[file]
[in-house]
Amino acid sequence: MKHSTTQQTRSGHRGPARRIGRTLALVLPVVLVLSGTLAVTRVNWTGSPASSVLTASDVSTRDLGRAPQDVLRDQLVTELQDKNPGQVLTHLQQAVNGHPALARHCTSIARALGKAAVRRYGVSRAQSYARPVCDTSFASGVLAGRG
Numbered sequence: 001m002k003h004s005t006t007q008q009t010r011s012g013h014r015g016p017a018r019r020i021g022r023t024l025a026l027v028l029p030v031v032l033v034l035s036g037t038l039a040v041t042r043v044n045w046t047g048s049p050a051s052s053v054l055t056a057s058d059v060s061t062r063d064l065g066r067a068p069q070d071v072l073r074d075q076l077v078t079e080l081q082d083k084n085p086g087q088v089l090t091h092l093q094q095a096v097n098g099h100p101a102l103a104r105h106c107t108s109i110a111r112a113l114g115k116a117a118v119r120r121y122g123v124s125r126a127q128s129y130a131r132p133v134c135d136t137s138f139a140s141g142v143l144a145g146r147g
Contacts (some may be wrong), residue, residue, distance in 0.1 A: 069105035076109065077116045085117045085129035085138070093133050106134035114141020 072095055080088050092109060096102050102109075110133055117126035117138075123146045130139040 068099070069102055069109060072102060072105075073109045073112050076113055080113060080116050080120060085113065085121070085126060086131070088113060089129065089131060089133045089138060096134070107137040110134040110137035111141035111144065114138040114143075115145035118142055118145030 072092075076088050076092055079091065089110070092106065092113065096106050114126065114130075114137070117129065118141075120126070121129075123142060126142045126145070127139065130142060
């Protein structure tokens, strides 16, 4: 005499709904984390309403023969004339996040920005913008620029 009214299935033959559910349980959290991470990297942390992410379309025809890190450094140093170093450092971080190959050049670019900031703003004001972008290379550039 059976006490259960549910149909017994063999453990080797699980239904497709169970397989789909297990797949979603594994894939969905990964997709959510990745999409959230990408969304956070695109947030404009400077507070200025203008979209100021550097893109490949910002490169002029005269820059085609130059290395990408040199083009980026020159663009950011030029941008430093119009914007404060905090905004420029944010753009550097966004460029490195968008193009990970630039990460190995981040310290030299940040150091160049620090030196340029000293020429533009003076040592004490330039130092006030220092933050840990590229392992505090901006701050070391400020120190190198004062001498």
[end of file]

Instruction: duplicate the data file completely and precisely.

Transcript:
[in-house]
Amino acid sequence: MKHSTTQQTRSGHRGPARRIGRTLALVLPVVLVLSGTLAVTRVNWTGSPASSVLTASDVSTRDLGRAPQDVLRDQLVTELQDKNPGQVLTHLQQAVNGHPALARHCTSIARALGKAAVRRYGVSRAQSYARPVCDTSFASGVLAGRG
Numbered sequence: 001m002k003h004s005t006t007q008q009t010r011s012g013h014r015g016p017a018r019r020i021g022r023t024l025a026l027v028l029p030v031v032l033v034l035s036g037t038l039a040v041t042r043v044n045w046t047g048s049p050a051s052s053v054l055t056a057s058d059v060s061t062r063d064l065g066r067a068p069q070d071v072l073r074d075q076l077v078t079e080l081q082d083k084n085p086g087q088v089l090t091h092l093q094q095a096v097n098g099h100p101a102l103a104r105h106c107t108s109i110a111r112a113l114g115k116a117a118v119r120r121y122g123v124s125r126a127q128s129y130a131r132p133v134c135d136t137s138f139a140s141g142v143l144a145g146r147g
Contacts (some may be wrong), residue, residue, distance in 0.1 A: 069105035076109065077116045085117045085129035085138070093133050106134035114141020 072095055080088050092109060096102050102109075110133055117126035117138075123146045130139040 068099070069102055069109060072102060072105075073109045073112050076113055080113060080116050080120060085113065085121070085126060086131070088113060089129065089131060089133045089138060096134070107137040110134040110137035111141035111144065114138040114143075115145035118142055118145030 072092075076088050076092055079091065089110070092106065092113065096106050114126065114130075114137070117129065118141075120126070121129075123142060126142045126145070127139065130142060
């Protein structure tokens, strides 16, 4: 005499709904984390309403023969004339996040920005913008620029 009214299935033959559910349980959290991470990297942390992410379309025809890190450094140093170093450092971080190959050049670019900031703003004001972008290379550039 059976006490259960549910149909017994063999453990080797699980239904497709169970397989789909297990797949979603594994894939969905990964997709959510990745999409959230990408969304956070695109947030404009400077507070200025203008979209100021550097893109490949910002490169002029005269820059085609130059290395990408040199083009980026020159663009950011030029941008430093119009914007404060905090905004420029944010753009550097966004460029490195968008193009990970630039990460190995981040310290030299940040150091160049620090030196340029000293020429533009003076040592004490330039130092006030220092933050840990590229392992505090901006701050070391400020120190190198004062001498």